Euler Solution 73

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(Another easter egg.)
(Solutions for Problem 73)
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'''NOTE:''' Another easter egg for the next person who solves it (no links/updates on the [[ Euler | main page]]).
'''NOTE:''' Another easter egg for the next person who solves it (no links/updates on the [[ Euler | main page]]).
-
How many fractions are there of the form <i>n</i>/<i>d</i> (where <i>n</i> and <i>d</i> are positive integers with no common divisors) between 1/3 and 1/2 for <i>d</i> < 10001?
+
How many fractions are there of the form <i>n</i>/<i>d</i> (where <i>n</i> and <i>d</i> are positive integers with no common divisors) between 1/3 and 1/2 for <i>d</i> < 12001?
 +
Note: Limit was increased lately from 10,000 to 12,000. (Thomas's won't work now, or will at least need it's limit adjusted)
== Haskell by SanguineV ==
== Haskell by SanguineV ==
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This is a slow brute force approach, can be done a lot faster!
This is a slow brute force approach, can be done a lot faster!
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 +
== Pyhton by Althalus ==
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Runtime: 496.6 seconds. Horrible.
 +
third = 1.0/3
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half = 1.0/2
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fractions = {}
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for d in range(1,12001):
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    if d % 100 == 0: print d
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    for n in range(1,d):
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        tmp = float(n)/d
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        if tmp > third and tmp < half:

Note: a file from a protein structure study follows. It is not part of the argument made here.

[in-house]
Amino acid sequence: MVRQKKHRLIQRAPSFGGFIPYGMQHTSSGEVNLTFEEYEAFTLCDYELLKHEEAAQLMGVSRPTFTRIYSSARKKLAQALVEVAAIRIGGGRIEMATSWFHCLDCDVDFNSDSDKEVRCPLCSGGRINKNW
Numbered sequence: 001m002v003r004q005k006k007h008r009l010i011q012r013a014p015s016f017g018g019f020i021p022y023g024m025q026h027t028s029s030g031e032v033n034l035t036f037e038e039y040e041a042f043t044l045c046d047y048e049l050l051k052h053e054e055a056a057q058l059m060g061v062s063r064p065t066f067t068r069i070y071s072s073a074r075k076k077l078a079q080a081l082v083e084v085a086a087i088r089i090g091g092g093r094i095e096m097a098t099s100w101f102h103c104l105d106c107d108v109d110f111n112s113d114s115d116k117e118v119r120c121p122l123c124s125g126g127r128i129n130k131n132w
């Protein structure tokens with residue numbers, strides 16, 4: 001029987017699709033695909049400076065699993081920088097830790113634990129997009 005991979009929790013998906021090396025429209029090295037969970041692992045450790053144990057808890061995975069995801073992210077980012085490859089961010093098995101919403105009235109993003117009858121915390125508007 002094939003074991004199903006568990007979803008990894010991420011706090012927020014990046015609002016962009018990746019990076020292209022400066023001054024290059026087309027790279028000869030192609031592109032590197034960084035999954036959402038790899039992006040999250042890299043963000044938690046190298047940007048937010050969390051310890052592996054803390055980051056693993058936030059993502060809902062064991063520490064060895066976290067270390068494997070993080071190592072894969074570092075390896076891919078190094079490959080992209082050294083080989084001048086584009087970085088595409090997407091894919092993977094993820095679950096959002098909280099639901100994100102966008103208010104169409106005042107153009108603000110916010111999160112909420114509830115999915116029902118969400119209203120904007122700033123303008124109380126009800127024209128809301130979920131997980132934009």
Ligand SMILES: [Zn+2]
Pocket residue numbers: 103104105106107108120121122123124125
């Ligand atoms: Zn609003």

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            f = gcd(n,d)
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            fractions[(n/f,d/f)] = 1
 +
print len(fractions.keys())
[[Category: Euler]]
[[Category: Euler]]

Revision as of 09:30, 24 April 2010

Solutions for Problem 73

NOTE: Another easter egg for the next person who solves it (no links/updates on the main page).

How many fractions are there of the form n/d (where n and d are positive integers with no common divisors) between 1/3 and 1/2 for d < 12001?

Note: Limit was increased lately from 10,000 to 12,000. (Thomas's won't work now, or will at least need it's limit adjusted)

Haskell by SanguineV

Runtime: unknown

{- Return all the fractions i in the range 1/3 < i < 1/2 for some divisor "n"
 - Note: results are sorted by default. -}
fracs :: Double -> [Double]
fracs n = map (\x -> x/n) (takeWhile (< n/2) (dropWhile (<= n/3) [1..]))

{- Combine two sorted lists of doubles (can also use type: Eq a => [a] -> [a] -> [a])
 - returning a sorted single list without duplicates. -}
comb :: [Double] -> [Double] -> [Double]
comb [] ys = ys
comb xs [] = xs
comb (x:xs) (y:ys) | x == y = [x] ++ (comb xs ys)
comb (x:xs) (y:ys) | x > y = [y] ++ (comb (x:xs) ys)
comb (x:xs) (y:ys) = [x] ++ (comb xs (y:ys))

{- Combine all the lists together for divisor 5..10000 and print the length -}
main = print (length (foldl (\l n -> comb l (fracs n)) [] [5..10000]))

This is a slow brute force approach, can be done a lot faster!

Pyhton by Althalus

Runtime: 496.6 seconds. Horrible.

third = 1.0/3
half = 1.0/2
fractions = {}
for d in range(1,12001):
    if d % 100 == 0: print d
    for n in range(1,d):
        tmp = float(n)/d
        if tmp > third and tmp < half:
            f = gcd(n,d)
            fractions[(n/f,d/f)] = 1 
print len(fractions.keys())
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